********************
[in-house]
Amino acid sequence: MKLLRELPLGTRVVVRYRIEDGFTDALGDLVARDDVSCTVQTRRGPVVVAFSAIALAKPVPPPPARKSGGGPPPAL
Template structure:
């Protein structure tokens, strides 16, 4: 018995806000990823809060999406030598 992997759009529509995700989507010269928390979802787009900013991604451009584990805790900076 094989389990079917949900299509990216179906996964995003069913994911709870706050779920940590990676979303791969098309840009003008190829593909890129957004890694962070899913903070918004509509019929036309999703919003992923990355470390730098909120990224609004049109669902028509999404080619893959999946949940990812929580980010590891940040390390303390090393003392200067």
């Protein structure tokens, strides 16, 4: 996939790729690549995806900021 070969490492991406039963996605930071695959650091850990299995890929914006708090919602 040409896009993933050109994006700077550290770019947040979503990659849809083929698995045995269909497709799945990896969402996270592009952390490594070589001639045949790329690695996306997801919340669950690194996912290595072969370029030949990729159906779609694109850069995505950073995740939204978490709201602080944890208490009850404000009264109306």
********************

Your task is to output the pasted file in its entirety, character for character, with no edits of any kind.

[in-house]
Amino acid sequence: MKLLRELPLGTRVVVRYRIEDGFTDALGDLVARDDVSCTVQTRRGPVVVAFSAIALAKPVPPPPARKSGGGPPPAL
Template structure:
């Protein structure tokens, strides 16, 4: 018995806000990823809060999406030598 992997759009529509995700989507010269928390979802787009900013991604451009584990805790900076 094989389990079917949900299509990216179906996964995003069913994911709870706050779920940590990676979303791969098309840009003008190829593909890129957004890694962070899913903070918004509509019929036309999703919003992923990355470390730098909120990224609004049109669902028509999404080619893959999946949940990812929580980010590891940040390390303390090393003392200067």
């Protein structure tokens, strides 16, 4: 996939790729690549995806900021 070969490492991406039963996605930071695959650091850990299995890929914006708090919602 040409896009993933050109994006700077550290770019947040979503990659849809083929698995045995269909497709799945990896969402996270592009952390490594070589001639045949790329690695996306997801919340669950690194996912290595072969370029030949990729159906779609694109850069995505950073995740939204978490709201602080944890208490009850404000009264109306």